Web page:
If we add the multiplicities 2 + 3 + 1 = 6, we can see that we have a sixth degree polynomial of the form:

*F*(*X*) =*A*(*X*+ 5)^{2}(*X*– 2)^{3}(*X*– 6)

Use the*j*-Section(0,1,2) to solve for the constant*A*. Plug*X*= 0 J*j*= 1,2.

- 1,2 =
*A*(0 + 5)^{2}(0 – 2)^{3}(0 – 6) - 1,2 =
*A*(25)(-8)(-6) - 1,2 = 1200
*A* *A*= 0.001 or 1/1000

Hence our polynomial equation is*F*(*X*) = 0,001 (*X*+ 5)^{2}**( X– 2)**

^{3}**(**.

*X*– 6)Now let's change things up a bit. Suppose we have the function and want to plot the graph. How do we do that? Let's look at an example.

**Draw a polynomial graph of a function**

### Example 3: Draw a polynomial graph from a function

Draw the polynomial*Page*(*X*) = (1/4)(*X*– 2)^{2}(x + 3)(*X*– 5)

**Solution**

Let's find those first*X*- Sections of the polynomial. Set the equation equal to zero and solve:

- (1/4)(
*X*– 2)^{2}(x + 3)(*X*– 5) = 0

This is easily solved by setting each factor to 0. We can see that we have 3 different zeros: 2 (multiplicity 2), -3 and 5. So we already have 3 points to plot on our graph.

Another easy to find item is the*j*-intercept. Leave*X*= 0 and solve:

*j*= ¼ (0 – 2)^{2}(0 + 3)(0 – 5)*j*= ¼ (4)(3)(-5)*j*= -15

Now let's graph our four points:

Let's think a little more about how we're going to graph this function.

Since 2 has a multiplicity of 2, we know the graph will bounce off of*X*Axis for points close to 2.

Since -3 and 5 each have a multiplicity of 1, the graph goes straight through the*X*-axis at these points.

What do we do now? How do we know if the graph from above goes through -3*X*-axis or from below the*X*-Axis?

A quick review of the final behavior will help us with this. The ultimate behavior of a function describes what the graph does*X*approaches ∞ or -∞.

## Checking the final behavior of polynomials

Grad | To leadcoef-Here | finBehavelivelier | Example |

self | positive | Start Alt, ends Alt | y =X^{2} |

self | Negative | Start low, ends low | y = -X^{2} |

strange | positive | Start low, ends Alt | y =X^{3} |

strange | Negative | Start Alt, ends low | y = -X^{3} |

Imagine multiplying our polynomial: the leading coefficient is 1/4, which is positive, and the degree of the polynomial is 4. So the function starts high and ends high.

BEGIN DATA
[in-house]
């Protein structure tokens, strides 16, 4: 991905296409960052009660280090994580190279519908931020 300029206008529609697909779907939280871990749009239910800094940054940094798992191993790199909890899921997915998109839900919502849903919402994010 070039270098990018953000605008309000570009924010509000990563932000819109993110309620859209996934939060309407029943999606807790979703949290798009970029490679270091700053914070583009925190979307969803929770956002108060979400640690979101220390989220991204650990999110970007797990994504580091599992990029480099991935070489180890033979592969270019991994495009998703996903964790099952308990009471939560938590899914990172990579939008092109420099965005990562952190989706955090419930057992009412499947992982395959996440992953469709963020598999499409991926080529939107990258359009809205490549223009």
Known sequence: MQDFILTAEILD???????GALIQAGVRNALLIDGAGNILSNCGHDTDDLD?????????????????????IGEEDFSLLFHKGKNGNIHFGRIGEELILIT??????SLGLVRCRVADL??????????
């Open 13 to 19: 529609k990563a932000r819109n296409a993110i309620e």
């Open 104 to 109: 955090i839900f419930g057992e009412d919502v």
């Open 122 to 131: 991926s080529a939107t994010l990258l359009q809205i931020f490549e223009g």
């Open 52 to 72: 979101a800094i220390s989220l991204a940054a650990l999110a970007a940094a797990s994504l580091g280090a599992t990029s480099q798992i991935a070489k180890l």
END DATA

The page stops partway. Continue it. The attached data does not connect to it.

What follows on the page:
Now we could draw the graph, but for more precision we can just fill in some values for*X*and calculate the values of*j*.

X | j |
---|---|

-2 | -28 |

3 | -3 |

4 | -7 |

By plotting these points on the graph, and drawing in arrows to show the final behavior, we can get a pretty good idea of what the graph looks like!

Now we can draw the graph!

## How to find a polynomial given points

Let's look at a different kind of problem. Suppose we have a set of points and we want to determine the polynomial function.

How many points do we need to write a unique polynomial? If we think about it a little, the answer will be obvious.

We know that two points uniquely determine a line. And it should make sense that three points can determine a parabola. That brings us to an important idea.

### Example 4: Find a degree 4 polynomial from 5 points

a polynomial*Page*(*X*) of degree 4 has single zeros at -7, -3, 4, and 8. It also goes through the point (9, 30). Find the polynomial.

**Solution**

First notice that we have 5 points given so we can uniquely determine a quadratic polynomial from these points. Using the factor set, we can write our polynomial as

*Page*(*X*) =*A*(*X*+7)(*X*+3)(*X*– 4)(*X*– 8)

Substitute the point (9, 30) to solve the constant*A*.

- 30 =
*A*(9 +7)(9 +3)(9 - 4)(9 - 8) - 30 =
*A*(16)(12)(5)(1) - 30 = 960
*A* *A*= 1/32

Hence our polynomial** Page(X) = (1/32)(X+7)(X+3)(X– 4)(X– 8)**.

Polynomials are a big part of algebra and beyond. Hopefully today's lesson gave you more tools to use when working with polynomials!

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**About the author:**

Jean-Marie Gard is a freelance math teacher and tutor based in Massachusetts. You can contact Jean-Marie athttps://testpreptoday.com/.